Far from Camelot, I grew up thinking that not only were politicians irretrievably stupid and corrupt, but that they were a standing subversion to the ideals of our Constitution. Still, I just didn't think I could get angry with our government anymore. I thought it had worn me out.

But along came Trump and millions of people who thought they couldn't affect change and had no energy for the struggle woke up. There's the real "woke" army. Donald Trump made that all possible.

So thank you, dear Donald. You gave us hope and woke us up. I'm no longer numb to the ravages of misogyny, racism, greed, idolatry and fascism.

At the same time I thank Trump, I want to express my disappointment in Joe Biden for not providing a better example.

I remember the '70s when there was hope – we naively clung to it during the Carter years, only to have it ripped asunder by supply side economics, Ronald Reagan and his friends the evangelicals.

And that is why I wish to express my gratitude to Trump. He is so fecklessly foolish, he has had the exact opposite effect on the country that he's tried to make. Sure, millions follow him. But the vast majority of the people in this country sees him for exactly what he is — a political cancer that must be excised.

At the same time I thank Trump, I want to express my disappointment in Joe Biden for not providing a better example.

Saturday night before the White House Correspondent's annual dinner Joe Biden gave us his "tight five" standup routine that brought laughs as he skewered himself, Rupert Murdoch and Don Lemon, and gave us a great line about a certain member of Congress; "If you find yourself disoriented or confused, it's either you're drunk or Marjorie Taylor Greene."

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But Biden started out with a serious note and took time to recognize how tenuous and important the First Amendment is to our nation.  "The free press is a pillar — maybe the pillar — of a free society, not the enemy."

Great words. But between the idea and the reality falls the shadow, the writer once said. Biden's defense of the First Amendment rings hollow in my ears.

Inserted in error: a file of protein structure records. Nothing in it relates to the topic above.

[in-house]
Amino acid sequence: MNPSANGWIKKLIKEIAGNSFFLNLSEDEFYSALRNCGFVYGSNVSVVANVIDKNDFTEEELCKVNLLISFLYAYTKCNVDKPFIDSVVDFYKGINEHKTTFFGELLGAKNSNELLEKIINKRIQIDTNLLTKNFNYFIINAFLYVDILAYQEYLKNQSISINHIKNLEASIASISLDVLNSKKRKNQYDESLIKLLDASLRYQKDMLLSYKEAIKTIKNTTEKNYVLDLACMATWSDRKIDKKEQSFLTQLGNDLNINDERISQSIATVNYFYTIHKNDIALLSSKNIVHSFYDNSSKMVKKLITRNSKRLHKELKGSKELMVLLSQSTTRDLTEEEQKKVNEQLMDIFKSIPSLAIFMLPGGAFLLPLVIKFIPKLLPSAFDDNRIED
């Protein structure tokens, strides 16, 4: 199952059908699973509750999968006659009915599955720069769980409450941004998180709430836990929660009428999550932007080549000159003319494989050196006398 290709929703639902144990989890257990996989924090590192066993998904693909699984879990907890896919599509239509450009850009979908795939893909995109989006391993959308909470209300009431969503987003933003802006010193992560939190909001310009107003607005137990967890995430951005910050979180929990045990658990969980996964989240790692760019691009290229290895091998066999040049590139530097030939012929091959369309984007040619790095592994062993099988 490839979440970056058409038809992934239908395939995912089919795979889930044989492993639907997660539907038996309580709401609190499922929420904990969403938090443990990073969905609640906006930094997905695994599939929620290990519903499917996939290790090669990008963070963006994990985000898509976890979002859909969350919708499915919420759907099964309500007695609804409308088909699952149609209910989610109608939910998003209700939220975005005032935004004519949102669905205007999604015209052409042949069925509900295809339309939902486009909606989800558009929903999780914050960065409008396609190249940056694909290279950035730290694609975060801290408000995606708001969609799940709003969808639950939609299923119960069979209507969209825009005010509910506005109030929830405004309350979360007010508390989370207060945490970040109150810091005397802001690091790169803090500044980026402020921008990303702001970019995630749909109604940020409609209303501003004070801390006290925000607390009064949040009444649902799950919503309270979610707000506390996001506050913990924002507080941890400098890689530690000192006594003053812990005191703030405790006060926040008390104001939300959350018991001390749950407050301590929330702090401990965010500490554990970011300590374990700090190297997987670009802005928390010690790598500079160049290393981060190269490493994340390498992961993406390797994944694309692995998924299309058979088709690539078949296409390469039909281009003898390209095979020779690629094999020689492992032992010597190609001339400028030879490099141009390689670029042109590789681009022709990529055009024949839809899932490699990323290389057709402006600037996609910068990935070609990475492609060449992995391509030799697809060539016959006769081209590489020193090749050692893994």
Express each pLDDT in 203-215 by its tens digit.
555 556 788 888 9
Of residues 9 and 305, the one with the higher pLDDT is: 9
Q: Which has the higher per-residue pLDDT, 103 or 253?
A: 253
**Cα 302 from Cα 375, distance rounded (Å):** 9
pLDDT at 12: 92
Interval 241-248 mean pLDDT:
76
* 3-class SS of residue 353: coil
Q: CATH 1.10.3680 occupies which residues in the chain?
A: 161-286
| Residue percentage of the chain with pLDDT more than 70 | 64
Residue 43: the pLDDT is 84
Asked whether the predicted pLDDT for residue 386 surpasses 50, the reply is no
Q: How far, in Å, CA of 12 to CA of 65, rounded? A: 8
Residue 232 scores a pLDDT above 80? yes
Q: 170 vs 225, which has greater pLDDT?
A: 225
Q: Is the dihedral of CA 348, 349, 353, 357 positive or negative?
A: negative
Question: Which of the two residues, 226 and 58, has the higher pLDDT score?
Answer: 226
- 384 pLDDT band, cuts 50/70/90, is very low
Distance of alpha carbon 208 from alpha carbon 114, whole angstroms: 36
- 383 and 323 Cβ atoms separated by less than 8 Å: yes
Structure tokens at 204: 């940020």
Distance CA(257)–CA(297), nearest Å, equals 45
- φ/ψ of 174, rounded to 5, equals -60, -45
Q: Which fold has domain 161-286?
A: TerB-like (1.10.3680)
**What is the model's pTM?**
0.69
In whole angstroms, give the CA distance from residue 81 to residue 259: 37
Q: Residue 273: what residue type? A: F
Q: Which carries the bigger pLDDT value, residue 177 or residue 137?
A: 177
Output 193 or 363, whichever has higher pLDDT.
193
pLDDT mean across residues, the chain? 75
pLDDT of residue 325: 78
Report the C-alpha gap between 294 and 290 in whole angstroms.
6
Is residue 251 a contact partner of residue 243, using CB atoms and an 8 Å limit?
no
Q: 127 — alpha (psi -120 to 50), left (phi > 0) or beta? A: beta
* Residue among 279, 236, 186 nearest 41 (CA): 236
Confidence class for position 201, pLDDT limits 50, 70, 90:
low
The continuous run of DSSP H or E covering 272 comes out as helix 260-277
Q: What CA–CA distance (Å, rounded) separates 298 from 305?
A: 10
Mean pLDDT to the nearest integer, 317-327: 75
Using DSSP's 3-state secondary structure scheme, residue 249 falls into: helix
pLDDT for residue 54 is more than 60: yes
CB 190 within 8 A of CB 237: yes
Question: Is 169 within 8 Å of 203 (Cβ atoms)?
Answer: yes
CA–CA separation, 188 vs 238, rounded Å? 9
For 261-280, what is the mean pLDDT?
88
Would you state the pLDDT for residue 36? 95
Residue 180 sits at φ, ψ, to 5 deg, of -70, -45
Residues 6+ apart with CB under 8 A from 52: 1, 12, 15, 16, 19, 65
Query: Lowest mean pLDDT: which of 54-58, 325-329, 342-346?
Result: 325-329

He said on the campaign trail he'd punish the killer of Jamal Khashoggi and he has not. His administration continues to press charges against Julian Assange brought during the Trump era and that prosecution is routinely condemned by most journalists, many world leaders and anyone with a conscience.

Biden does little himself to support the press. He avoids us with the determination of a Jesuit monk.

On Wednesday, Reporters Without Borders released its latest international press rankings. The United States (45th) has fallen three places. "The Index questionnaire's US respondents were negative about the environment for journalists (especially the legal framework at the local level, and widespread violence) despite the Biden administration's goodwill. The murders of two journalists (the Las Vegas Review Journal's Jeff German in September 2022, and Spectrum News 13's Dylan Lyons in February  2023) had a negative impact on the country's ranking," the report noted.

Meanwhile, Biden does little himself to support the press. He avoids us with the determination of a Jesuit monk. He seeks little public interaction that isn't both controlled and relatively brief. His disdain for public interaction was given away in a photograph last week of him from a rare press conference in the Rose Garden. He was seen clutching a handout with a picture of the reporter he was to call on — along with a copy of the question the reporter was to ask. He got it ahead of time. That's a political and journalistic sin.

Presidential press conferences are like pop quizzes for presidents. They shouldn't cheat.

For a president who says his age is of no concern and for us to judge him accordingly, this is not evidence in his favor.